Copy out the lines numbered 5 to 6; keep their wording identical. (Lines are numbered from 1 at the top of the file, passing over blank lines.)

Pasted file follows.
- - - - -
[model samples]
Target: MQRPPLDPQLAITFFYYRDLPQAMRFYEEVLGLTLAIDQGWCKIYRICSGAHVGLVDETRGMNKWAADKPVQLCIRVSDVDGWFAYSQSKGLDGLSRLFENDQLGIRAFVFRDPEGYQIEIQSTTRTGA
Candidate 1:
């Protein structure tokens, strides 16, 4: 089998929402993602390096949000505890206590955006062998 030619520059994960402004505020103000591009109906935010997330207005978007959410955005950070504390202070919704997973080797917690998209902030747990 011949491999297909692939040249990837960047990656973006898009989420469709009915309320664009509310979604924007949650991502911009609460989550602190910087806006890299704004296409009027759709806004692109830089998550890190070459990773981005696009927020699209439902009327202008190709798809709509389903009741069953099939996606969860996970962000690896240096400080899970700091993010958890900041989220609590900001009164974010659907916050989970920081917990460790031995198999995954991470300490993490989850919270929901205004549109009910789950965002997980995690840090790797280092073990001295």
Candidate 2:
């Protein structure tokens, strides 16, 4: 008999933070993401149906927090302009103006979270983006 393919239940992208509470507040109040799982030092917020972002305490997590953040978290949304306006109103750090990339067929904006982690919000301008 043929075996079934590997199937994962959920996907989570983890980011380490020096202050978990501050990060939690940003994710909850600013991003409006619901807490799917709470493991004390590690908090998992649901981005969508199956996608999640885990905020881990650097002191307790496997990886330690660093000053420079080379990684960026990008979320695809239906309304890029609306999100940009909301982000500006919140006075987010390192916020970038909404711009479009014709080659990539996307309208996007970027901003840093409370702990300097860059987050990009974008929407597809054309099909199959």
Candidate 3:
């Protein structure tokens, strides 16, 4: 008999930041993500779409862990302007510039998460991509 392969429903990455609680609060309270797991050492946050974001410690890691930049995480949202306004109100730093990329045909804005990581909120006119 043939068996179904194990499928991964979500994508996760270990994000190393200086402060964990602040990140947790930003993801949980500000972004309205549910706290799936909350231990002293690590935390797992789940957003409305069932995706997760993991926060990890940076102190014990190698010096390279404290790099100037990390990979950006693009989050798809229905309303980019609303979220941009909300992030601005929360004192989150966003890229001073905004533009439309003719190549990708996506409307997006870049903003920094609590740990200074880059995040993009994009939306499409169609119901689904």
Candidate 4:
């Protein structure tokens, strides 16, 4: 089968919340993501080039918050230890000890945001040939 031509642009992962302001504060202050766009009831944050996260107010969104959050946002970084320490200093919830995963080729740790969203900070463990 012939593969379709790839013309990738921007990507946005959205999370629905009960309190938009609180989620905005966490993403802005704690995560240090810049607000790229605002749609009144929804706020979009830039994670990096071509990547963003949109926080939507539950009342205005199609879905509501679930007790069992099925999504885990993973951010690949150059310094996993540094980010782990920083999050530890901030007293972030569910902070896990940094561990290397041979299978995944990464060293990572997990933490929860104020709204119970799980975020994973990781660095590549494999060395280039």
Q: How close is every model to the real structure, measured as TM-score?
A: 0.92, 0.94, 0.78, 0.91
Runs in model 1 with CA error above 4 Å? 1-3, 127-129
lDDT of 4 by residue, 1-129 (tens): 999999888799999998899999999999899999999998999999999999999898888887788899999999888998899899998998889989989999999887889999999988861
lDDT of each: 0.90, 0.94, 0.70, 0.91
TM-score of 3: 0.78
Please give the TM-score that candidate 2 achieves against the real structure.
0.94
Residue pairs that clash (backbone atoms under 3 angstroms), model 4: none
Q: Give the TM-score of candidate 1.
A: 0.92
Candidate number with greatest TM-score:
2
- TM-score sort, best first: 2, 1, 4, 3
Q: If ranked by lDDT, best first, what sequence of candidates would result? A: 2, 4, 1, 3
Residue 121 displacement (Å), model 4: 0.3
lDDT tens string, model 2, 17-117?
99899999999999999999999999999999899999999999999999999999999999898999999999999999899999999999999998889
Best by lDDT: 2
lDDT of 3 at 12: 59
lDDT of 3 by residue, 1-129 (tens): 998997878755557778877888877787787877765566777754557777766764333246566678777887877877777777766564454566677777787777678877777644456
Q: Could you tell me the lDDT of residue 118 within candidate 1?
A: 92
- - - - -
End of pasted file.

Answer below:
Candidate 2:
């Protein structure tokens, strides 16, 4: 008999933070993401149906927090302009103006979270983006 393919239940992208509470507040109040799982030092917020972002305490997590953040978290949304306006109103750090990339067929904006982690919000301008 043929075996079934590997199937994962959920996907989570983890980011380490020096202050978990501050990060939690940003994710909850600013991003409006619901807490799917709470493991004390590690908090998992649901981005969508199956996608999640885990905020881990650097002191307790496997990886330690660093000053420079080379990684960026990008979320695809239906309304890029609306999100940009909301982000500006919140006075987010390192916020970038909404711009479009014709080659990539996307309208996007970027901003840093409370702990300097860059987050990009974008929407597809054309099909199959």